Emotion Review 3 (3):284-285 (2011)

Recent work proclaims a dominant role for automatic, intuitive, and emotional processes in producing ordinary moral judgment, despite the fact that we have little direct evidence about moral judgment “in the wild.” Indirect support comes via an assumption of dual-process theory: that conscious, reasoning processes are resource intensive. We argue that reasoning that employs consciously available moral rules undermines this assumption, but this has not been appreciated because of a failure to distinguish between explanation and justification. We conclude that it remains unclear what sorts of cognitive processes are dominant in ordinary moral judgments.
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DOI 10.1177/1754073911402376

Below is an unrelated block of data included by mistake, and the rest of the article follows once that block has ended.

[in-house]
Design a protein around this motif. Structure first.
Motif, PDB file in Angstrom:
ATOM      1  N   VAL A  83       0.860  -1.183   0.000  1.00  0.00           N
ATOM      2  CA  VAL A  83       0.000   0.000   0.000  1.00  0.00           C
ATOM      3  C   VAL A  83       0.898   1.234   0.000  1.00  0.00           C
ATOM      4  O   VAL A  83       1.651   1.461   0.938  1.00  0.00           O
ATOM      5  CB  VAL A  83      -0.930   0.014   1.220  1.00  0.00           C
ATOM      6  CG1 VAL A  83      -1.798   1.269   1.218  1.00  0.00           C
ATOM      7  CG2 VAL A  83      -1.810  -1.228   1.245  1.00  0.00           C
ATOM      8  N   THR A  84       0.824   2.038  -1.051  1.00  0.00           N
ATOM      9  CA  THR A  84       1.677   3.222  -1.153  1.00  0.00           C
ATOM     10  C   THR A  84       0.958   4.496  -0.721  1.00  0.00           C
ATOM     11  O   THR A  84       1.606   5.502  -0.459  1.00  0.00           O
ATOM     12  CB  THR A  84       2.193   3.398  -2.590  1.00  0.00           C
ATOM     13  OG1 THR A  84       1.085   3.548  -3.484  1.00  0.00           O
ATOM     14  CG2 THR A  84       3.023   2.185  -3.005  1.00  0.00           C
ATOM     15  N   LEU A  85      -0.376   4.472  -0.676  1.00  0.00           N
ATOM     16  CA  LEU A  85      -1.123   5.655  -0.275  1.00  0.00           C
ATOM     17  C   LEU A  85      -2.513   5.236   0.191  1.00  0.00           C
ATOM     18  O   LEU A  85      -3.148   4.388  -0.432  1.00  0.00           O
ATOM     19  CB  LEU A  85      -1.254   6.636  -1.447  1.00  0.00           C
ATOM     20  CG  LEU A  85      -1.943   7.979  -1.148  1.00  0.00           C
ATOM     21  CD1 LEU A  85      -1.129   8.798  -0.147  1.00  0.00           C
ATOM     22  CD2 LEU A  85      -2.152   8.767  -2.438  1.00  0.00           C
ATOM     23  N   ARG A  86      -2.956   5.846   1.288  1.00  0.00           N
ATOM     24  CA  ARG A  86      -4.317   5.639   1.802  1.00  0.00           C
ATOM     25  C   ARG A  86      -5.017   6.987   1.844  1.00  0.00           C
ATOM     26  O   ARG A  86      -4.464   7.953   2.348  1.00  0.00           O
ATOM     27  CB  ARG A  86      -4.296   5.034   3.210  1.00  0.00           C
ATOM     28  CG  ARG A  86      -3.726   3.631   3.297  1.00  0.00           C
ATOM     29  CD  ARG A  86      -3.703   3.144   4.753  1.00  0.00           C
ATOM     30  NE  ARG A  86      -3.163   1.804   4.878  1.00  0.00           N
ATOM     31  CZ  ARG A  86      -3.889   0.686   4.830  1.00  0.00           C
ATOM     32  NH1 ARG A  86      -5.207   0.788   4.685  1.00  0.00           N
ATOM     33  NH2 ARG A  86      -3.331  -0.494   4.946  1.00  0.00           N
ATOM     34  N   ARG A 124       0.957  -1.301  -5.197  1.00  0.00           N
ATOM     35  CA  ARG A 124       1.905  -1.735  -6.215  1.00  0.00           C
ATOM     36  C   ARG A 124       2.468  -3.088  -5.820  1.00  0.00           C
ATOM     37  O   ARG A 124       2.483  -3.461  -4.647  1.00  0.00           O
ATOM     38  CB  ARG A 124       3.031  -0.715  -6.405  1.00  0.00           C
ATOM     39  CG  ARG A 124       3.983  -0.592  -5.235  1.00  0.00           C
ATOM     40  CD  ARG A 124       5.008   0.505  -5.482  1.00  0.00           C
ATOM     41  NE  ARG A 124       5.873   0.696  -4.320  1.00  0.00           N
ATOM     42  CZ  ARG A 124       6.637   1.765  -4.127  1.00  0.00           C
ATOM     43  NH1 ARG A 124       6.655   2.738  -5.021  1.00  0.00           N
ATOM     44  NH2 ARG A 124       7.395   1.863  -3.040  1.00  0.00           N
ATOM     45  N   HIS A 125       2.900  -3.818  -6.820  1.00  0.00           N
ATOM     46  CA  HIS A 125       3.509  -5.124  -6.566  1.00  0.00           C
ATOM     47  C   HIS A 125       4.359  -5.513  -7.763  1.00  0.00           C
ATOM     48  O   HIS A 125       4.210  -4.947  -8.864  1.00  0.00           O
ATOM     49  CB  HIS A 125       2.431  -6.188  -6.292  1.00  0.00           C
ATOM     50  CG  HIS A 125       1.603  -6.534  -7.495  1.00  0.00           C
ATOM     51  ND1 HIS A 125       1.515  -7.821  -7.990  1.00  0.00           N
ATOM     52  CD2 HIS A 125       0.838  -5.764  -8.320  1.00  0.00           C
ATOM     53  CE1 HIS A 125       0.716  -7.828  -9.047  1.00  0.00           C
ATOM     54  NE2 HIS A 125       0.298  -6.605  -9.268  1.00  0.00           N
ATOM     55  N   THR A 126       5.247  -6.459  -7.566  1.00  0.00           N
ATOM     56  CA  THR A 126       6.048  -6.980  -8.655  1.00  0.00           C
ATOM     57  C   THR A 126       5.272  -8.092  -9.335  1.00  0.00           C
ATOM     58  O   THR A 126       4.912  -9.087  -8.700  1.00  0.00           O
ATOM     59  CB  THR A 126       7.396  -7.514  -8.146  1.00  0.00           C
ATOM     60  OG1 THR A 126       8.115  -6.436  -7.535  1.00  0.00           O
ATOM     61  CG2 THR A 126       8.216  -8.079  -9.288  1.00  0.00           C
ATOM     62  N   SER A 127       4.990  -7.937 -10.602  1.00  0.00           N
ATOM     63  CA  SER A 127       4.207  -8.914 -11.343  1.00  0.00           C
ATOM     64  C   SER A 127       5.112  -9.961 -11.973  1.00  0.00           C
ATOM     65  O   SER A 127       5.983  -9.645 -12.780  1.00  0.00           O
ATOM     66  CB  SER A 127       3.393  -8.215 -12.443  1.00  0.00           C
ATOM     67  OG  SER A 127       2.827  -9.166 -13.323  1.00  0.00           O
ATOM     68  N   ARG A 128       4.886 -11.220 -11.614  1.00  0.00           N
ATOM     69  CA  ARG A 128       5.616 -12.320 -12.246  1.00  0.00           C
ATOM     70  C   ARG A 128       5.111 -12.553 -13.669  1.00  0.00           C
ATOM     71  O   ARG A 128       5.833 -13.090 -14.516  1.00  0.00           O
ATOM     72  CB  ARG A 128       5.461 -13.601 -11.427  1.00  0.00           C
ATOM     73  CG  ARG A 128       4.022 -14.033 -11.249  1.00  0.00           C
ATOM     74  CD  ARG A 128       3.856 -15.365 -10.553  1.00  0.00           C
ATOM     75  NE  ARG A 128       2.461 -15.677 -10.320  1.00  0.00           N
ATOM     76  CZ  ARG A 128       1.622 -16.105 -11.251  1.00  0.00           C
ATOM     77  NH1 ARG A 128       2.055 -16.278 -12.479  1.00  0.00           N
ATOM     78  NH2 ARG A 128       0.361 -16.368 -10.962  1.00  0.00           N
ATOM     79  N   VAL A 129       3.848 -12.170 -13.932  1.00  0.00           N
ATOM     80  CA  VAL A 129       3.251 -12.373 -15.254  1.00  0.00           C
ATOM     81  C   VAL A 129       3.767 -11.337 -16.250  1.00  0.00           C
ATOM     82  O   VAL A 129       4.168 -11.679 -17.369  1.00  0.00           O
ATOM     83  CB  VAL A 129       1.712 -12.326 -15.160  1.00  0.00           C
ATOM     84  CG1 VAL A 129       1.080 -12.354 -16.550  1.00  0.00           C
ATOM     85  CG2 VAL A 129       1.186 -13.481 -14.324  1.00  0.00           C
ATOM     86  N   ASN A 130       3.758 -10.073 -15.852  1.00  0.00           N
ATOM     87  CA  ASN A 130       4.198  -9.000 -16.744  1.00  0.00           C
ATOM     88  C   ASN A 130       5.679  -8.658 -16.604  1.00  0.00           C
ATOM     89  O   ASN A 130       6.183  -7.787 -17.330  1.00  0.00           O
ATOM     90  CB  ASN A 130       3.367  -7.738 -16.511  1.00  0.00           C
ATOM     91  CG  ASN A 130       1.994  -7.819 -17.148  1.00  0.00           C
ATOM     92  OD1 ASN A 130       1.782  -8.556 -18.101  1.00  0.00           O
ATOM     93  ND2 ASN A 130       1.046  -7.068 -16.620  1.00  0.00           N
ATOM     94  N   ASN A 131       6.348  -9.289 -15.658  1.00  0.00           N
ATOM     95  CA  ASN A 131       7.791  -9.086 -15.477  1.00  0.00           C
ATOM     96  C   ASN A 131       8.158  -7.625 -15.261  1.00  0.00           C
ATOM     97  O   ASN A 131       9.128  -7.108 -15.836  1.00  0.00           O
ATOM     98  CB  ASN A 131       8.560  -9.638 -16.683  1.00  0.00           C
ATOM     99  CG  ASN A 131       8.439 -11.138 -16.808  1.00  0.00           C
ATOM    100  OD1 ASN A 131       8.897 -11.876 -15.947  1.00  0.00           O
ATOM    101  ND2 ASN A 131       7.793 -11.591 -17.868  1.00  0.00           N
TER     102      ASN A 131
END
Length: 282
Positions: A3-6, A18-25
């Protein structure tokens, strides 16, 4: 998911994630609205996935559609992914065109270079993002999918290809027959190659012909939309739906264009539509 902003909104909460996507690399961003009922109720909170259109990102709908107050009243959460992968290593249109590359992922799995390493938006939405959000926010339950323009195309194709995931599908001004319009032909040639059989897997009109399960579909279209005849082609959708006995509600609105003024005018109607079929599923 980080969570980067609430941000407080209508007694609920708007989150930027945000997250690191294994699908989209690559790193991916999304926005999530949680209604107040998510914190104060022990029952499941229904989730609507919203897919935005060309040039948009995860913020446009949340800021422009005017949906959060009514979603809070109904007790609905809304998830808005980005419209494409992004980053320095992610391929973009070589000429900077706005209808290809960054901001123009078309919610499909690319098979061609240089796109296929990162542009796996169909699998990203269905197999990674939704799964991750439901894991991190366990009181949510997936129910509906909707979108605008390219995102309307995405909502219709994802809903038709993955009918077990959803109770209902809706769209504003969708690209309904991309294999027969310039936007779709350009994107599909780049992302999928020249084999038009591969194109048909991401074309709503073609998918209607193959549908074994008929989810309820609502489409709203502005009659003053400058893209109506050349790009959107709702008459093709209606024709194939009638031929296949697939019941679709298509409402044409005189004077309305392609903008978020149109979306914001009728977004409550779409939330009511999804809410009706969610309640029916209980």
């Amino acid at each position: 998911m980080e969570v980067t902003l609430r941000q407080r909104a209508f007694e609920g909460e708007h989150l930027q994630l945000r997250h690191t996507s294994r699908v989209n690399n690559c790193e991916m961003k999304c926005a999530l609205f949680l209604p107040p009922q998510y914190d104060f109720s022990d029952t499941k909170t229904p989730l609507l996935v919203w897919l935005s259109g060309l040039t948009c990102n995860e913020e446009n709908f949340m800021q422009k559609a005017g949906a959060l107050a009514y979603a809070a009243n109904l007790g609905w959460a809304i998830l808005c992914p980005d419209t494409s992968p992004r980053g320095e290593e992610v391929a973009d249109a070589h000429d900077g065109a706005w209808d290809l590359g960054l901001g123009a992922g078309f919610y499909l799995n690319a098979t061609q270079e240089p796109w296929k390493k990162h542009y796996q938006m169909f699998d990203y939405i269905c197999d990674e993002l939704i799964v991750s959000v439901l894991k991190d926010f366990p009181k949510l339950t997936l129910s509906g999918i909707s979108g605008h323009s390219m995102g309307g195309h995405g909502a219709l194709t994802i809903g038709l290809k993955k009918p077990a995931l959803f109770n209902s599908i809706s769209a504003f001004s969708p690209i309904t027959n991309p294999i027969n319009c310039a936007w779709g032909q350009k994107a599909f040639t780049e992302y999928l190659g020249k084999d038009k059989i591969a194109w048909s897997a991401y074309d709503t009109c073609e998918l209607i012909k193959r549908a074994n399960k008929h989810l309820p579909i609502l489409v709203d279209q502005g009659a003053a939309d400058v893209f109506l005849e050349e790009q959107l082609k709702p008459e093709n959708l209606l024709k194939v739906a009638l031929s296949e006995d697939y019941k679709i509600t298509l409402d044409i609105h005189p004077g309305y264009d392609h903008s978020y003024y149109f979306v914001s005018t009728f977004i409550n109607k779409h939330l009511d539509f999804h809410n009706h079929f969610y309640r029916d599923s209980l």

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References found in this work BETA

How Does Moral Judgment Work?Joshua Greene & Jonathan Haidt - 2002 - Trends in Cognitive Sciences 6 (12):517-523.

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Emotion and Morality: A Tasting Menu.Joshua D. Greene - 2011 - Emotion Review 3 (3):227-229.
Moral Motivation as a Dynamic Developmental Process: Toward an Integrative Synthesis.Ulas Kaplan - 2017 - Journal for the Theory of Social Behaviour 47 (2):195-221.

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